Stress. This is a word that we, as adults, often use to describe our state of mind. From workplace stress to home life, and added everyday stressors in between, we often feel overwhelmed. But did you know that our kids feel stress, too? While their causes of stress are different than ours, it is important to know that stressors in children can lead to a compromised immune system or erratic and unusual behaviors.
What exactly is stress? As defined by The American Institute of Stress, it is your body’s non-specific response to any demand for change. There is no one correct definition however; stress is a relative term and differs according to each person. It also is different in children, and sometimes kids don’t know what they’re feeling is actually stress. There are multiple types of stress; both good and bad. This is surprising to many, as stress is most commonly associated with a negative connotation.
Stress that stems from negative or undesirable events is called “distress.” This is short term, such as an accident, making a deadline or perhaps starting a new school. The body activates your fight or flight system, which is what helps us get through in those often hard times. For children, realizing they may be experiencing stressful situations is important in helping them regulate their emotions. The second type of negative stress is “chronic stress,” and this occurs when the body’s natural fight or flight system shuts down and keeps the body in a constant state of elevated emotions. Finally there is a good stress. This is known as “eustress.” When we go through stages of eustress, typically events such as having a baby, making a new friend or meeting a new teacher can trigger this feeling.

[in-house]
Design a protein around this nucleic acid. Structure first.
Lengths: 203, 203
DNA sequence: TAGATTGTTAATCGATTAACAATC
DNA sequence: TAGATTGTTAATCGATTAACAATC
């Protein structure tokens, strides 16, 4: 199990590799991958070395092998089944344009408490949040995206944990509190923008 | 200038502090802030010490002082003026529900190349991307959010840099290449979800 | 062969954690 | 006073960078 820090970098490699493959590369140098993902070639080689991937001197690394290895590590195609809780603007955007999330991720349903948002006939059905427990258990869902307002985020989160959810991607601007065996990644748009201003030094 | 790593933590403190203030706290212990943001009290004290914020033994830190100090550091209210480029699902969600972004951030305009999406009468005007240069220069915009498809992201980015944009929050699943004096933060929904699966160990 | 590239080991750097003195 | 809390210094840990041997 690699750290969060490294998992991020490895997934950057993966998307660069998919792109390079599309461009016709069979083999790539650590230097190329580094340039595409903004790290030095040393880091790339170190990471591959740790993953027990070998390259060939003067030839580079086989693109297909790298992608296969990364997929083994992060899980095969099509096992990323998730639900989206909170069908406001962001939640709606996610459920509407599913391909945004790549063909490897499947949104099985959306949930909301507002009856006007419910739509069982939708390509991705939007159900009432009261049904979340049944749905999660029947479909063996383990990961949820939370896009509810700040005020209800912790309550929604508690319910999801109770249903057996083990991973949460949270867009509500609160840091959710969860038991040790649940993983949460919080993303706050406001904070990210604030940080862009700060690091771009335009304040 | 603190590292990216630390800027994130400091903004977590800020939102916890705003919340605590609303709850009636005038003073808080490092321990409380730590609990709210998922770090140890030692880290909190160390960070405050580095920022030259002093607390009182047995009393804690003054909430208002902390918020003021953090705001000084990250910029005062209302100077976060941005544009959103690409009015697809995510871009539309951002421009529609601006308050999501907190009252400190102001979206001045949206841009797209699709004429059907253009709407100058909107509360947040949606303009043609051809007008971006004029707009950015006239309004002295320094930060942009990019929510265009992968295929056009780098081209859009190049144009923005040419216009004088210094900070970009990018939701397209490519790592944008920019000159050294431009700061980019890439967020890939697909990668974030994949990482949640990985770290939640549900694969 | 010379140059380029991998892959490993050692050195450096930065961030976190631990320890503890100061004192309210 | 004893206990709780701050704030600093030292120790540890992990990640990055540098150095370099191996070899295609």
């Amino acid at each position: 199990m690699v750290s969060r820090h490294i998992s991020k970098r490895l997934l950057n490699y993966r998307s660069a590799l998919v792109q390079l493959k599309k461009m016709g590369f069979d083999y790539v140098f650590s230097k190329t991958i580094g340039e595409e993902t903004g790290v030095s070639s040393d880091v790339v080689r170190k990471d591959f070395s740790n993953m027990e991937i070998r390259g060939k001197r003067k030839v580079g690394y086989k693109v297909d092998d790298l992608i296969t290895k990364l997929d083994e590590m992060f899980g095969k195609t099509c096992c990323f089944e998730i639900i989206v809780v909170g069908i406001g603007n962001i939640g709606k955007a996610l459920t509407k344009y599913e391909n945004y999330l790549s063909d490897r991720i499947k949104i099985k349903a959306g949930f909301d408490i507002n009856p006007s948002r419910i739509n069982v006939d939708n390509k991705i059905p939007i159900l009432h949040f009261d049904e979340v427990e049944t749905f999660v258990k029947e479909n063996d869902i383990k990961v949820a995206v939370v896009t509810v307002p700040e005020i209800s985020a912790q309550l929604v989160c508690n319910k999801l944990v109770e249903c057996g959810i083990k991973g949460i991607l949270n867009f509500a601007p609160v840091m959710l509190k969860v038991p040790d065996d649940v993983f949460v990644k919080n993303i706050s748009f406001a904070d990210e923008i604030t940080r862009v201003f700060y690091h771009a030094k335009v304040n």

As a parent, guardian or caregiver it is important to look for the following signs to see if stress could be affecting your child:
• Decreased appetite, other changes in eating habits
• New or recurrent bedwetting
• Sleep disturbances
• Upset stomach or vague stomach pain
• Other physical symptoms with no physical illness
• Anxiety, worry
• Not able to relax
• New or recurring fears (fear of the dark, fear of being alone, fear of strangers)
• Clinging, unwilling to let you out of sight
• Anger, crying, whining
• Not able to control emotions
• Aggressive or stubborn behavior
• Going back to behaviors present at a younger age
• Doesn’t want to participate in family or school activities
If you think stress is affecting your child, contact A Kidz Clinic for more information at 970-874-2753.
Makenna Hart, MS, is the clinic coordinator at A Kidz Clinic. **This information is factual and was taken from the American Academy of Pediatrics, The American Institute of Stress and the U.S. Library of Medicine.